Pedro Matos – Featured IPA member
Born in Aveiro, Portugal, in 1970. He has been working, since always, in the area of communication, both in marketing and communication and in editorial projects of information. Besides being an essential tool in all his works, photography is also a great passion. Pedro Matos considers himself an humanist-photographer and an eternal lover of the great diversity of human culture.
Documenting the human condition
People. I like documenting the human condition; its culture and traditions, the different ways of facing the daily routine and how it reacts to the everyday events, to the challenges and adversities of life. Although we all belong to an increasingly globalized planet, more equal and standardized, there are yet some places and small corners in the world which take us back to what is really important: to the essence of things and where the relationships are sincere and truly pure and honest. Those places and those attractions have been fascinating me since always. They might not be distant or exotic places; they just have to be authentic, with genuine, sincere and, above all, warm-hearted people. Photography allows me to portray our world and, mainly, the relations among people who interact with it. It is curious how some of the places we go through, mark us in a very particular way. Africa is one of those places. My first trip to Mozambique snatched my senses. It has been almost 20 years ago. I went back there a few times, many times to the same places, many of them are almost primitive. Then Angola, which I visited dozens of times for over more than 10 years. I learnt to understand and respect other ways of thinking, other ways of relationships and other ways of facing the world. Through photography I could register those differences, those other views of a same world, which is equal to all of us, but it is often known in a distorted and manipulated manner. Where many people see poverty and misery, others can see solidarity, disinterested friendship and sharing. Where many people claim fundamentalist and intolerance, when we experience reality in a very close way, we realize this is not but tradition and ancestral cultural manifestations, many of which have been losing during the years in our western civilization. Photography allows me to rebuild this reality, even when I am no longer physically present in those places. I love it!
Morocco is one of those places. More recently, integrated in an editorial project, I have known Cape Verde, a very rich cultural country, which due to its archipelagic condition, most of its islands have been keeping faithful to the secular traditions of its people. Here, I have been able to attend to the inevitable cultural dissolution in favor of the so-called “human globalization” which makes many of the old values and traditions to be lost in the new generations.
I have been trying to register them, either by words and pictures, so that it will not sink into oblivion of the newest generations.
The fact I believe that many of the stories, which I document will not be hopelessly forgotten, give me some encouragement to keep going and register them.
Besides this more documentary side, I have, lately, felt curiosity about street photography. It might be a certain character with an uncommon feature or a more unusual situation in the environment where certain action might occur. In street photography, I am attracted by situations, which create some emotional confrontation. It is something I start to explore now and it is giving me some pleasure in its discovery.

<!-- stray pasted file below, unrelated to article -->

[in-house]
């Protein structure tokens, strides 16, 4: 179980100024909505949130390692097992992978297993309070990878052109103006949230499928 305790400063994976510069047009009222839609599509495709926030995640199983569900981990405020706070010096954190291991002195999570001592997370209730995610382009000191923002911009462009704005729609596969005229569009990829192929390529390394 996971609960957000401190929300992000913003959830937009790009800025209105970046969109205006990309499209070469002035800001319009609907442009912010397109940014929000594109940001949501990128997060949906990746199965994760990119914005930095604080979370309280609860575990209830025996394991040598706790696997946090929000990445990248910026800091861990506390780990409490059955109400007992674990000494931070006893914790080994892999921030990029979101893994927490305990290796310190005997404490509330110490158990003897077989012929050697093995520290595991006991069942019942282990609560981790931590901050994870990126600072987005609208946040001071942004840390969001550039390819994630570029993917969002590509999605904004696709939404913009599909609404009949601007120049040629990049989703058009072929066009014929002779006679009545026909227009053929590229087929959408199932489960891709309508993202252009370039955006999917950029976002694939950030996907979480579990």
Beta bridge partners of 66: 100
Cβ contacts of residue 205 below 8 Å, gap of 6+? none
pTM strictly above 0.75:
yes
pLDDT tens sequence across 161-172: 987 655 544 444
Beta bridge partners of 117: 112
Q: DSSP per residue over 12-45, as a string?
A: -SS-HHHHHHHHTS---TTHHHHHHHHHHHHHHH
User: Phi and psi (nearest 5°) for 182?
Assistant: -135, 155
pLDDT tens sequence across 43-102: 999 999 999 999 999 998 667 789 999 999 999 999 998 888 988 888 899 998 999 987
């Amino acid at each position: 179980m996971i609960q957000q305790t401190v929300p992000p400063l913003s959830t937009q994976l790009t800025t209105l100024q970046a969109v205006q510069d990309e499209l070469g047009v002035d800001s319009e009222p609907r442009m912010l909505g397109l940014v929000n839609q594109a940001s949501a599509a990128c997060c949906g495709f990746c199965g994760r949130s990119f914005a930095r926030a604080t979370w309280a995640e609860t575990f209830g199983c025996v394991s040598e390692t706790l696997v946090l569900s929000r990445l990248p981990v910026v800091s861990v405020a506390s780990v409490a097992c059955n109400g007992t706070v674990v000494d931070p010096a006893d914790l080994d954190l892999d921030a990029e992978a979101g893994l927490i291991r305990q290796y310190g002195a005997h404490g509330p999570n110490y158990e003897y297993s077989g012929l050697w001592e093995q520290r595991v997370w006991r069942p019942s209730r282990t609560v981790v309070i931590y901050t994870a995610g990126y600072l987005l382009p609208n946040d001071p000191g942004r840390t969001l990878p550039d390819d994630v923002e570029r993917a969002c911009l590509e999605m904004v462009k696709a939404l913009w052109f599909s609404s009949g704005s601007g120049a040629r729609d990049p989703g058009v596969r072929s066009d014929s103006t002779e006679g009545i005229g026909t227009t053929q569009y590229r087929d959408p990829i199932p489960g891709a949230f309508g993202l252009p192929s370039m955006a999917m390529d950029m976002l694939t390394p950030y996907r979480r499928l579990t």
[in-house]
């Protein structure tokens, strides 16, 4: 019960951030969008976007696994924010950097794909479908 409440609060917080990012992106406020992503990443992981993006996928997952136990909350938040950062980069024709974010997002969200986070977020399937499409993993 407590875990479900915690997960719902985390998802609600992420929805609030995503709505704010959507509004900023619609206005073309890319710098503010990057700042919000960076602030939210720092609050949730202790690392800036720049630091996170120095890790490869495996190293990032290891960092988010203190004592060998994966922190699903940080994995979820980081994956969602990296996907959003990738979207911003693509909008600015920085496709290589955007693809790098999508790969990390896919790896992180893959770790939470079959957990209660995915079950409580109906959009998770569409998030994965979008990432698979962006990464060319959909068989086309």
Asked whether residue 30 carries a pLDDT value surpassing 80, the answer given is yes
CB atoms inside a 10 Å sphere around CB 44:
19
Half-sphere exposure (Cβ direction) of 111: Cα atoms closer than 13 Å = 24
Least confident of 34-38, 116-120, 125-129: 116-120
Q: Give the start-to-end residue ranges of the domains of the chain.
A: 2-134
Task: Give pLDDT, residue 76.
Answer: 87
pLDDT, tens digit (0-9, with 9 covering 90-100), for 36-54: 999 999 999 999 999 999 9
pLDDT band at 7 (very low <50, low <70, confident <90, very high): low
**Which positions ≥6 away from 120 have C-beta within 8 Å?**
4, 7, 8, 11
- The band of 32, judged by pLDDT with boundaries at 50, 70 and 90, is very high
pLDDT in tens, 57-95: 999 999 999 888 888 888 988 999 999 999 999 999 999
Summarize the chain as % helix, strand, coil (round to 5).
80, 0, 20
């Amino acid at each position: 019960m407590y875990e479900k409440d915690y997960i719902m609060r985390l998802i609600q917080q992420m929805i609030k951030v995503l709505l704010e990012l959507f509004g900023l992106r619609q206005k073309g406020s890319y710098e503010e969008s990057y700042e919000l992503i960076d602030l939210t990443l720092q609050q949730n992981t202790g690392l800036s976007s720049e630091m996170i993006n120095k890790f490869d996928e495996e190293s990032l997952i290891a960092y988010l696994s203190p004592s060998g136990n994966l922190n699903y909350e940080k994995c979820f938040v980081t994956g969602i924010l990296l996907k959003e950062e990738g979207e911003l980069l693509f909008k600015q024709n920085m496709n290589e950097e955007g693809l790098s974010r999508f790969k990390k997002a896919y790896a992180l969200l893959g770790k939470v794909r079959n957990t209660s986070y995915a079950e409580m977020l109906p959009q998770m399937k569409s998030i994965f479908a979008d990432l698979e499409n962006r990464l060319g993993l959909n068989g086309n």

For my personal projects, I elect, nearly always, the black- and- white photo. It enables a higher abstraction regarding excess and eliminates the accessory. In addition, the message is much more direct.
I consider myself an amateur photographer because despite using photography in many of my works, I do not live from the pictures I take. I have a design and communication company which supports me financially. My passion for photography allows me to keep doing this kind of pictures which I love so much. I would like to dedicate much more of my time to this hobby but my work at the company does not permit it. Maybe later. Who knows?!
It is the way we look and relate the elements we want to report that produces the message we want to transmit. The camera is just the tool to report that same message. The kind of equipment, the brand or the way the image is recorded – negatives or digital- are, in my point of view, of minor importance. The important is that the recorded images are able to convey to others the message we want to pass. For many years, I photographed on film (negatives). Despite being a fantastic way to record images, I do not miss it. I think the digital has facilitated the entire photographic process and we can be more productive.
For those who are more interested in technical issues, I always used the SLR equipment but with the appearance of digital photo, I use the DSLR, nearly almost, Canon brand.
Lately, I have been taking my photos almost exclusively with Leica cameras because, besides the quality they offer, they are less intrusive and they go easily unnoticed, allowing me to record authentic moments. For me, that is important. I usually use two lenses: one of 35mm and another of 50mm.
Some of my photographic references and raw models which are my inspiration to my work are from master Sebastião Salgado, whose work I consider extraordinary and unique; my fellow-countryman, Alfredo Cunha who, as a photojournalist, has documented all the major social transformations in Portugal over the last 40 years, Jan Grarup and his humanitarian photos taken in war zones and Joel Meyrenowitz with his singular street photo approach. There are other unquestionable photographers whose works end up always by inspiring us all, such as Vladimir Milivojevich, Jeff Mermelstein or the, unavoidable, Bruce Gilden.